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Discussion Starter · #1 ·
Another non-resident coming to ND for the first time (sorry about that). I promise not to shoot your swings! Besides bringing "everything you own" as a friend who experienced a 50 degree drop in one day advised, any sage words for gear some may forget and always need? Arriving last week of October and heading east of Bismarck.

Hope to do our homework and shoot decoying birds over small water. A few dekes, maybe some goose silhouettes, waders and a box of BB's and I'm good to go. A big question for me is water depth. As we will have no boat, are waders a necessity or will hip boots get you through most situations?

Thanks and here's to a safe and successful '02-'03 season.
 

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Waders keep your butt dry. That's really high in the comfort department. Pocket and toe warmers are often overlooked too. Packing heavy isn't a bad thing in late Oct - you could get stuck somewhere.

have a good hunt,
M.
 

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Discussion Starter · #3 ·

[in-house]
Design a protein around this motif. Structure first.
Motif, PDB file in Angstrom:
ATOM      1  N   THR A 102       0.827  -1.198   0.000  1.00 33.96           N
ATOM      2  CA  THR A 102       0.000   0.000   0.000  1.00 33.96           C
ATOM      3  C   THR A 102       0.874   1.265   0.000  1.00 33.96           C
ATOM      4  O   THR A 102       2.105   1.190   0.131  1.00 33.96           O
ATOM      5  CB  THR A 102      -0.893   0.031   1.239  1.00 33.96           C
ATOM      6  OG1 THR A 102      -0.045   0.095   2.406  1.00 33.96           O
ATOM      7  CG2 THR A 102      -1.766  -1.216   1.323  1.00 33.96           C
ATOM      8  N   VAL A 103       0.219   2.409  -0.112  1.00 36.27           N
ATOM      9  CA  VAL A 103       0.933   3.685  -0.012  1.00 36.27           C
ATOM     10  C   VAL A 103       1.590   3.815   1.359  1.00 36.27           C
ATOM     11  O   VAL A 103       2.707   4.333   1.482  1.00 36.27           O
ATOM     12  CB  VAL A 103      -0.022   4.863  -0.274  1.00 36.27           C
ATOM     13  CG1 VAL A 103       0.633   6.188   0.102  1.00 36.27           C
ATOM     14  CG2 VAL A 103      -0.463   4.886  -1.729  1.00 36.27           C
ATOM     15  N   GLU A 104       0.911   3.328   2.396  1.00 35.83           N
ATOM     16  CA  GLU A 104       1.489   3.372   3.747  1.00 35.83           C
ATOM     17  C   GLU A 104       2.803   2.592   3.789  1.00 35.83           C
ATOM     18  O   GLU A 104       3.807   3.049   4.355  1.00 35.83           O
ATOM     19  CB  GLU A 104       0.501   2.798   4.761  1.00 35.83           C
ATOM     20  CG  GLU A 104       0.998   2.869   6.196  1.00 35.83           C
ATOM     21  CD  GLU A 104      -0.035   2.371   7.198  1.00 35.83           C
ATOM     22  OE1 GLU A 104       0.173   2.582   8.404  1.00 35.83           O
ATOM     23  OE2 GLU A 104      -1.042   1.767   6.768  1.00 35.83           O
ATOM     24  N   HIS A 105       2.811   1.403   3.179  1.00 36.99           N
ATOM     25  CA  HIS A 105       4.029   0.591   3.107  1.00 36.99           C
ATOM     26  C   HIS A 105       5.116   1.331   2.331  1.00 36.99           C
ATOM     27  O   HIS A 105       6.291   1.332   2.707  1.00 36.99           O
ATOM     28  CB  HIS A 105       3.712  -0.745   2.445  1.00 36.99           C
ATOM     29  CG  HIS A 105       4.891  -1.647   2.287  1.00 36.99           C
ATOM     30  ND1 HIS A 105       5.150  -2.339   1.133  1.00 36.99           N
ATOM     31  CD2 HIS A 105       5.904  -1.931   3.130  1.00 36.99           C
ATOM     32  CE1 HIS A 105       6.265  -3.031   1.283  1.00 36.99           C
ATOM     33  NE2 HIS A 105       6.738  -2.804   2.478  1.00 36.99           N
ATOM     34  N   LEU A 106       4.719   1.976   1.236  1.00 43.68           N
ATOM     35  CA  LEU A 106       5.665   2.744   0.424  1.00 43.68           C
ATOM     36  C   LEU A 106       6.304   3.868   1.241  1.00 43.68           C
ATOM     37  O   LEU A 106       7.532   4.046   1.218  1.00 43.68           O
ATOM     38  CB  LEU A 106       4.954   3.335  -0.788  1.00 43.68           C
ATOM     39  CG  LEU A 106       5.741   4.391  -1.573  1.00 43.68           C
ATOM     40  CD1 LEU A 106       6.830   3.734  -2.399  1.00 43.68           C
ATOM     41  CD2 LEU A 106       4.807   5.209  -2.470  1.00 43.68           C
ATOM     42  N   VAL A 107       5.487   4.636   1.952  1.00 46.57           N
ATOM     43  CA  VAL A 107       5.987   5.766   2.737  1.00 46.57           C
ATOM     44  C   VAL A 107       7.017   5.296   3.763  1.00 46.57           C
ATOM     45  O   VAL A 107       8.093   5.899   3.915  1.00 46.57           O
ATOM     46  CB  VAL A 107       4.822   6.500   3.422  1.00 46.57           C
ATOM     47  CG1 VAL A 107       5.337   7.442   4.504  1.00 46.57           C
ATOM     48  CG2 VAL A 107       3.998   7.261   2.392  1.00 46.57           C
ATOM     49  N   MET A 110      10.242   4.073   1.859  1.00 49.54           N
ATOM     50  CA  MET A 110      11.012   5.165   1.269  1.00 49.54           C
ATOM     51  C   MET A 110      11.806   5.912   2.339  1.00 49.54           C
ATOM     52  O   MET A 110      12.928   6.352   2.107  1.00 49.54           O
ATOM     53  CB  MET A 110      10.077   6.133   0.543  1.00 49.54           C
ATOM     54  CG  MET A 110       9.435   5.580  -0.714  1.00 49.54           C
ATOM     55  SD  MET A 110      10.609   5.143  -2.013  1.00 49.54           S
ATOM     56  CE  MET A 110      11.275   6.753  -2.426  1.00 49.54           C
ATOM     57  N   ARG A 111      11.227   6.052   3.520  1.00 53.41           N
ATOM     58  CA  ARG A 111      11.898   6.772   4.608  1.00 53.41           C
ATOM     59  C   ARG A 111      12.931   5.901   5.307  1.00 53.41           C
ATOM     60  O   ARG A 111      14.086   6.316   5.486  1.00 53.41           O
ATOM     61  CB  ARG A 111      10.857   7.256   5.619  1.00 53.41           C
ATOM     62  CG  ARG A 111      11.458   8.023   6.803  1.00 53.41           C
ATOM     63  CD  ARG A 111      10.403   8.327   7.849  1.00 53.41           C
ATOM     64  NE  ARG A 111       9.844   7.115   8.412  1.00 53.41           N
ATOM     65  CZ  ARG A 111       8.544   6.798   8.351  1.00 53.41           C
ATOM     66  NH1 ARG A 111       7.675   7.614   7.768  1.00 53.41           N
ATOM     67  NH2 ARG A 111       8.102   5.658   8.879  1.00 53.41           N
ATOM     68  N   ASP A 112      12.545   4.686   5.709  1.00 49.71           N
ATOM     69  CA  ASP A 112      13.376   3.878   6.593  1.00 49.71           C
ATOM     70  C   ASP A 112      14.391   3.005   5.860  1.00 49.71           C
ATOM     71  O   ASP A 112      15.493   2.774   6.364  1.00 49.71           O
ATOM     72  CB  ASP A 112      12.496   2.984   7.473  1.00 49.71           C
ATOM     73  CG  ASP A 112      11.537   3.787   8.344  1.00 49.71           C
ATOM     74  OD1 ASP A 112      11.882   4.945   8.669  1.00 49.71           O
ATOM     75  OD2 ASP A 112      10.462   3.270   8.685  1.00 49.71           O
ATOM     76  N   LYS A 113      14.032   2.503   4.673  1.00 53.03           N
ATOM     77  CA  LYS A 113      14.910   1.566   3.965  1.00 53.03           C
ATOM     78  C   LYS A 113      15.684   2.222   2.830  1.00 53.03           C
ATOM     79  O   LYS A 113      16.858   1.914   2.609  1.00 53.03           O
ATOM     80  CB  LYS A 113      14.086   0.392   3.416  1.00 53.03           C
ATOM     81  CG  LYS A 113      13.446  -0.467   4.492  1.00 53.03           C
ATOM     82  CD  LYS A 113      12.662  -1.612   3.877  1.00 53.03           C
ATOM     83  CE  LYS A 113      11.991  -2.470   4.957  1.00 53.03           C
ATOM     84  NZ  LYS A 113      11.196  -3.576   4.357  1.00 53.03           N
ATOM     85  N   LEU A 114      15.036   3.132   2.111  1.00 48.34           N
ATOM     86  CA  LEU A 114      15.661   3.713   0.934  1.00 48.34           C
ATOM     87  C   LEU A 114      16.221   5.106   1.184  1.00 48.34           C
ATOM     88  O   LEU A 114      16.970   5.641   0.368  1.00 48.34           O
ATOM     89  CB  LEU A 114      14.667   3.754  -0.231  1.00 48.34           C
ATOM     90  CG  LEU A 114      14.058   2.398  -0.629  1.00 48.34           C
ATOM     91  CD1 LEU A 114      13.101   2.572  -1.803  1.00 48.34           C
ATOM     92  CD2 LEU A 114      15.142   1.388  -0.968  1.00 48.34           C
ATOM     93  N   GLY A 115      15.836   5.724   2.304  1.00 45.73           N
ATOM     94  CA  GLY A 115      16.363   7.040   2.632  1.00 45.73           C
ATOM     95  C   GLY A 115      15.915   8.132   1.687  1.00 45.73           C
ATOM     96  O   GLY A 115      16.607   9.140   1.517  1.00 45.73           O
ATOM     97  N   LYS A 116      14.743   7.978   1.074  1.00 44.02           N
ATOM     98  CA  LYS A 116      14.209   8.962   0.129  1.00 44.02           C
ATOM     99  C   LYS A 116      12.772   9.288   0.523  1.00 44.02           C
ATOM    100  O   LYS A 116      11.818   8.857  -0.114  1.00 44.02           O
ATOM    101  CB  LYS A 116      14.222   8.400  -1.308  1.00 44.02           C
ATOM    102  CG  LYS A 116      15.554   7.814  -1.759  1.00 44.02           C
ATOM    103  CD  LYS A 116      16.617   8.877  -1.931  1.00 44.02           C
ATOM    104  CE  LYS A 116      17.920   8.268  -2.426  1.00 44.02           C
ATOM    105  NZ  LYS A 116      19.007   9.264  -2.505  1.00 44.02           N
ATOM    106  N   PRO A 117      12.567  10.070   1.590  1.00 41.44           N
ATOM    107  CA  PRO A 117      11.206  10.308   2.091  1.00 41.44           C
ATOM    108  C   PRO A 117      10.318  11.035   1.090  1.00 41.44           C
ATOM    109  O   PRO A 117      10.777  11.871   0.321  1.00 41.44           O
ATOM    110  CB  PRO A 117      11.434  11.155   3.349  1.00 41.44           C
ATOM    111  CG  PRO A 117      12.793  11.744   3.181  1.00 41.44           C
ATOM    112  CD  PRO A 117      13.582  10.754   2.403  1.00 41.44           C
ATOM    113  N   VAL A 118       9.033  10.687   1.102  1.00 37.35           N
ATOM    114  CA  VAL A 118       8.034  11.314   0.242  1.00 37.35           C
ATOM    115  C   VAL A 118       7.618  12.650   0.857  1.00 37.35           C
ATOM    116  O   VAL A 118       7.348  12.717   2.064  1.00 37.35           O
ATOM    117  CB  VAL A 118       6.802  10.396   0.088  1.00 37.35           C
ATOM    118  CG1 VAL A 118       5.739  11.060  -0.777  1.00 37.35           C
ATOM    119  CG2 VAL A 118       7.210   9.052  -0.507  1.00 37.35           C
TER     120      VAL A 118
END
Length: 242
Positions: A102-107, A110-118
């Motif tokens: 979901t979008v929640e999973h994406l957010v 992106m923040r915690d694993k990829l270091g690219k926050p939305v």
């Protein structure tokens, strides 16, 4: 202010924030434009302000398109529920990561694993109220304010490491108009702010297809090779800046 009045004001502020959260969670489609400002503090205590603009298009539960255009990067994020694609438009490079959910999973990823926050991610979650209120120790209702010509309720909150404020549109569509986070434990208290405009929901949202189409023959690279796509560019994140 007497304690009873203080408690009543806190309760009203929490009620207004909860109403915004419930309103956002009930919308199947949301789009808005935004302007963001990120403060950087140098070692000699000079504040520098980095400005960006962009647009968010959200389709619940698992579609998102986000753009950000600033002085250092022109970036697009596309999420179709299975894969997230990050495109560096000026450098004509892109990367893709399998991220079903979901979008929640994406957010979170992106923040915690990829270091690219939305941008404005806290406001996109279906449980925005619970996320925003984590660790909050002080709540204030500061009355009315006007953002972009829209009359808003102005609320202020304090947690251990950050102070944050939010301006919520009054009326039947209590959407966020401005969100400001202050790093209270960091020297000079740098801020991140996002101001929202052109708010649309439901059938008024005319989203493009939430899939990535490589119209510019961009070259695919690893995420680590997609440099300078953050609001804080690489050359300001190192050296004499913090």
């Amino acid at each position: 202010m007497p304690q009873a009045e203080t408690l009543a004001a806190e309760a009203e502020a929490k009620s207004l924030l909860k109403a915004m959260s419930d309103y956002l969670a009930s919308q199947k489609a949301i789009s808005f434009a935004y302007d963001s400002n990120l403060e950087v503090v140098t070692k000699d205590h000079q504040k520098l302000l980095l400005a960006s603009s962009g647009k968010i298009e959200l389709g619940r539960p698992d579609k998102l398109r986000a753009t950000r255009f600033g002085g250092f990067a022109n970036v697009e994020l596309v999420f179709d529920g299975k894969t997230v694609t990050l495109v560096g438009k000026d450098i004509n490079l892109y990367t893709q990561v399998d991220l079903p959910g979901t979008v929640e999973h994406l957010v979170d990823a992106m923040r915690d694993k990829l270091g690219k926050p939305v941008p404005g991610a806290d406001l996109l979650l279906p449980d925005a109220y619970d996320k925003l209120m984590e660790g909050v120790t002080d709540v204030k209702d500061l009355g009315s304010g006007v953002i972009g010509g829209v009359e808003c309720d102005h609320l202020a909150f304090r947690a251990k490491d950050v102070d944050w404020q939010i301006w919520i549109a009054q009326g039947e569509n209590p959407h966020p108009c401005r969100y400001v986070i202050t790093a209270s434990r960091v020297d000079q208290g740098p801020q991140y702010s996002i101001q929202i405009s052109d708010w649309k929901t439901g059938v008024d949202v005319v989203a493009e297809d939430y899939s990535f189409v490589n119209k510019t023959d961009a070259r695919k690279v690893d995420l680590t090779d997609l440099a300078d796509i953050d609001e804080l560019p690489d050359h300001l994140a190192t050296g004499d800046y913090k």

Understood. Nothing like laying in the mud or a leaking coffin blind with a wet butt to suck the enjoyment right out of an otherwise perfect day. One concern I had was the wide open spaces I've seen in various articles and photos, and what I estimated to be a considerable hike to hunt most good spots. Rather than hump all that distance in waders, I can always walk in in boots then don the waders once its time to settle in.
 

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Don't be too concerned about walking...I think it's safe to say most of us drive right up to our spots. Why Walk when you don't have to? :D
 

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870...as Matt says you can drive off established roads and trails when waterfowl hunting,but not upland or big game.Unless we have big rains or snow to make everything soft and muddy why walk.
 

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We usually walk out our decoys, because the farmers I have met really get mad when you drive out on their land. Get this, last weekend before pheasant opener, we found a perfect slough one night and it wasn't posted so the next morning we quickly drove down to the slough, through bean stubble(1/2 mile) dropped our decoys off and drove the truck back out. Had a great hunt and left. Next, day we were driving by and we saw what we thought was a posted sign on that field. I ran up and read it and it said PLEASE NO DRIVING ON LAND. Which was better than I expected to see. We ended up talking to the guy and he just didn't want people driving in the field, but he gave us permission to hunt it whenever.But I still don't understand why farmers don't want you to drive on stubble.It is not going to hurt anything. This has happened a couple of times in the past 2 years. I have only drove down to 2 sloughs in my life and each time the farmer got mad so, unless we are hunting family land, I hike the dekes in on my feet.
 
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